Take notice that the Council of the Corporation of the City of Guelph intends to designate 131 Ontario Street as a property of cultural heritage value or interest under section 29, Part IV of the Ontario Heritage Act, R.S.O. 1990, Chapter 0.18.
Description of the property
The legal description of the subject property is PLAN 113 LOT 50 LOT 51 LOT 8 TO LOT 10 PT LOT 11 PT LOT 7 PT LOT 52; City of Guelph.
Statement of cultural heritage value or interest
The subject property is worthy of designation under Part IV, Section 29 of the Ontario Heritage Act because it meets five of the prescribed criteria for determining cultural heritage value or interest, according to Ontario Regulation 9/06 (as amended by O. Reg 569/22). The heritage attributes of 131 Ontario Street display: design or physical, historical or associative, and contextual value.
The subject property meets Criterion 1 of Ontario Regulation 569/22 because it exhibits design or physical value as a rare example of the Romanesque Revival style of Edwardian educational architecture in the City of Guelph. Additionally, it is the only elementary school in the City of Guelph that combines the Romanesque Revival, Collegiate Gothic, and mid-century Modernist architectural styles in one structure.
The subject property meets Criterion 4 of Ontario Regulation 569/22 because it has direct associations with the theme of education and industrialization in St. Patrick’s Ward through the course of the twentieth century. Tytler’s architectural expansion throughout the twentieth century attests to the growth of industry and influx of workers residing in St. Patrick’s Ward. The six phases of school construction on the site (1878, 1908, 1912, 1921, 1965, and 1968) convey the history of St Patrick’s Ward throughout the nineteenth and twentieth centuries. The various phases of expansion directly parallel the expansion of industry and housing in St. Patrick’s Ward during the twentieth century.
The subject property meets Criterion 5 of Ontario Regulation 569/22 because it yields information that contributes to an understanding of the St. Patrick’s Ward Community. The children of St Patrick’s Ward were educated on this site from 1878-2013, and it has served the community as a meeting place and venue for public events. The five phases of construction that compose the current structure yield information on the growth of the traditionally working-class St Patrick’s Ward community.
The subject property meets Criterion 6 of Ontario Regulation 569/22 because it reflects the educational ideas of Inspector of Public Schools, Dr. William Tytler, the City of Guelph’s most significant educational reformer of the early twentieth century. Additionally, the 1908, 1912, and 1921 constructions reflect the architectural work of William Mahoney, one of the most significant Guelph-based architects of the early twentieth century.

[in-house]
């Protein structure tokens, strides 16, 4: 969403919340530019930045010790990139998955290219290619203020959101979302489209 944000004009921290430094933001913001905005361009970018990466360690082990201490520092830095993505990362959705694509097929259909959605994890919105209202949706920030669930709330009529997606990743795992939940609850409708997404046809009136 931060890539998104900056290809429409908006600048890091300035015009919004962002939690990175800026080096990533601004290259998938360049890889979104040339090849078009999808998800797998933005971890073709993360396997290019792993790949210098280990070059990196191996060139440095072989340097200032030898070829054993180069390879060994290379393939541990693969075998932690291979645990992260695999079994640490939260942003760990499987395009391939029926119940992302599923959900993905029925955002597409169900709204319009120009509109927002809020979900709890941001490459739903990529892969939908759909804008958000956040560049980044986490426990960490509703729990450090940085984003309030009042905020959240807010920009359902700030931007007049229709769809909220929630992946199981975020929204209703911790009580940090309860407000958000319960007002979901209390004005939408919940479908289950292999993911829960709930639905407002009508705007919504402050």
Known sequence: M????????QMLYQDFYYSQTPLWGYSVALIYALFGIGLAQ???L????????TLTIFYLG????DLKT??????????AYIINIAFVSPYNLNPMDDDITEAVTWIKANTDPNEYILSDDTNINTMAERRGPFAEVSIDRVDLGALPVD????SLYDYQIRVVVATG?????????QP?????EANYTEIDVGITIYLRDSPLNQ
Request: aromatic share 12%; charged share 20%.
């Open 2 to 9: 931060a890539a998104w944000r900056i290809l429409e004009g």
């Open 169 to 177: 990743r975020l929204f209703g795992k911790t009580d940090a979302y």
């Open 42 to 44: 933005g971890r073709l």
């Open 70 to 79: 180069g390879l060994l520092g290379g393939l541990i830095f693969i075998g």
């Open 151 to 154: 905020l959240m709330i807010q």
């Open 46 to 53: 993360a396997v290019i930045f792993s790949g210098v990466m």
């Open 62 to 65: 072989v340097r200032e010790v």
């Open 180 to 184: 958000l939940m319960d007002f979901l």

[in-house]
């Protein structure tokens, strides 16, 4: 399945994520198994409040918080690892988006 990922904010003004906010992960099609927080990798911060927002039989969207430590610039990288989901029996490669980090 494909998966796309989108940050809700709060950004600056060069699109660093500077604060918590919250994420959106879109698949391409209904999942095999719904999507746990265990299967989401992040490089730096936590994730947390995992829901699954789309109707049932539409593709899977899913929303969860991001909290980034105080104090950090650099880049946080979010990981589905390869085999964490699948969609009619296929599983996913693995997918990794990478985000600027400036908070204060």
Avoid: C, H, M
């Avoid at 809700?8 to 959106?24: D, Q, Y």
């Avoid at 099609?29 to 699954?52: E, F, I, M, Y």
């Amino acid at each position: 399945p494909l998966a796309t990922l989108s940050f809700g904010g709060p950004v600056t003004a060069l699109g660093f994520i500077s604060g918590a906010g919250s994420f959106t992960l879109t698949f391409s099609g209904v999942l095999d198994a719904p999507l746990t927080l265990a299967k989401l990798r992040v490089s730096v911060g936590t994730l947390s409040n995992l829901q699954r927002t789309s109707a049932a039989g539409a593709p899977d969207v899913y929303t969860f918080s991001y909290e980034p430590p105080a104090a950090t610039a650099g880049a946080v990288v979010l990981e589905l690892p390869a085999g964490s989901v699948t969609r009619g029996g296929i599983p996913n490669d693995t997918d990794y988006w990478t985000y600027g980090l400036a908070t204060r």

The subject property meets Criterion 6 of Ontario Regulation 569/22 because it is important in defining, maintaining, and supporting the character of the area. Tytler Public School is an integral component of the Ontario Street and Toronto Street streetscapes, and the Ward West cultural heritage landscape. Located in the heart of St. Patrick’s Ward, the subject property represents one of the only institutional buildings in the neighborhood. With a height and massing significantly larger than most non-industrial structures in the area, the building is a landmark in the community.
Description of heritage attributes
The following elements of the property at 131 Ontario Street should be considered as heritage attributes in a designation under Part IV, Section 29 of the Ontario Heritage Act:
- The building form of the 1908-1921 school buildings, including:
- Hipped and flat roof on 1908 construction
- Hipped roof on 1911 and 1921 constructions
- Hipped roof dormers
- The red brick frontispiece facing Ontario Street, including:
- Building form
- Window openings
- Ornamental brickwork
- Arched entryway
- The red brick and stone two-tiered frontispiece facing Toronto Street, including:
- Window openings
- Crenellated stone parapets
- The window openings on the 1908, 1912, and 1921 portions of the subject property (note: not the replacement window frames and sashes)
- 1912 fire escape on west façade, including the carved datestone
It is intended that non-original features may be returned to the documented earlier designs or to their documented original without requiring City Council permission for an alteration to the design.
A more detailed description of the property’s cultural heritage value may be found in staff’s report to City Council dated October 17, 2023 and at guelph.ca/heritage.
Notice of objection
Any person may send a notice of objection to this proposed designation, before 4 p.m. on November 24, 2023. This notice must be sent by registered mail or delivered to the Clerk of the City of Guelph and must set out the reason for the objection and all relevant facts. If a notice of objection is received, the Council of the City of Guelph shall consider the objection and make a decision whether or not to withdraw the notice of intention to designate the property within 90 days after the end of the 30-day objection period. If Council decides not to withdraw its intention to designate, a heritage designation bylaw must be passed within 120 days after the date of publication of the notice of intention to designate. Council must publish a notice of passing of the designation bylaw which is followed by a 30-day appeal period when appeals of the bylaw may be given to the Ontario Land Tribunal for a hearing and decision.
City of Guelph
1 Carden Street, Guelph ON N1H 3A1
For more information
Jack Mallon, Heritage Planner
Planning Services 519-822-1260 x 3872